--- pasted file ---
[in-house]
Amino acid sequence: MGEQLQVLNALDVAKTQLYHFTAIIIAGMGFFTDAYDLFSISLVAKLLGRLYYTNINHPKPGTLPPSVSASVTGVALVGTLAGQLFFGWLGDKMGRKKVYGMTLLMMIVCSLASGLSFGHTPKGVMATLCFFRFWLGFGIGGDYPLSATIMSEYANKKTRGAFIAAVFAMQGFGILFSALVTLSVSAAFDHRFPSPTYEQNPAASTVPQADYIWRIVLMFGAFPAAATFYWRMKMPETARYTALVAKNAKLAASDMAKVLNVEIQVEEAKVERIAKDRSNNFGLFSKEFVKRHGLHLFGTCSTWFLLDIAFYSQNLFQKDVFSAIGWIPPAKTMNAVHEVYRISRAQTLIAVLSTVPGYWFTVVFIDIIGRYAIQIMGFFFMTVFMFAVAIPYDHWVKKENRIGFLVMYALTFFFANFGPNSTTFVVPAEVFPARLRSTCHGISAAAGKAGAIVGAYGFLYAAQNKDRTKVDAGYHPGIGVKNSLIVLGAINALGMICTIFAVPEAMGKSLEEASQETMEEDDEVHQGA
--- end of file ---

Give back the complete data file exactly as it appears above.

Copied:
[in-house]
Amino acid sequence: MGEQLQVLNALDVAKTQLYHFTAIIIAGMGFFTDAYDLFSISLVAKLLGRLYYTNINHPKPGTLPPSVSASVTGVALVGTLAGQLFFGWLGDKMGRKKVYGMTLLMMIVCSLASGLSFGHTPKGVMATLCFFRFWLGFGIGGDYPLSATIMSEYANKKTRGAFIAAVFAMQGFGILFSALVTLSVSAAFDHRFPSPTYEQNPAASTVPQADYIWRIVLMFGAFPAAATFYWRMKMPETARYTALVAKNAKLAASDMAKVLNVEIQVEEAKVERIAKDRSNNFGLFSKEFVKRHGLHLFGTCSTWFLLDIAFYSQNLFQKDVFSAIGWIPPAKTMNAVHEVYRISRAQTLIAVLSTVPGYWFTVVFIDIIGRYAIQIMGFFFMTVFMFAVAIPYDHWVKKENRIGFLVMYALTFFFANFGPNSTTFVVPAEVFPARLRSTCHGISAAAGKAGAIVGAYGFLYAAQNKDRTKVDAGYHPGIGVKNSLIVLGAINALGMICTIFAVPEAMGKSLEEASQETMEEDDEVHQGA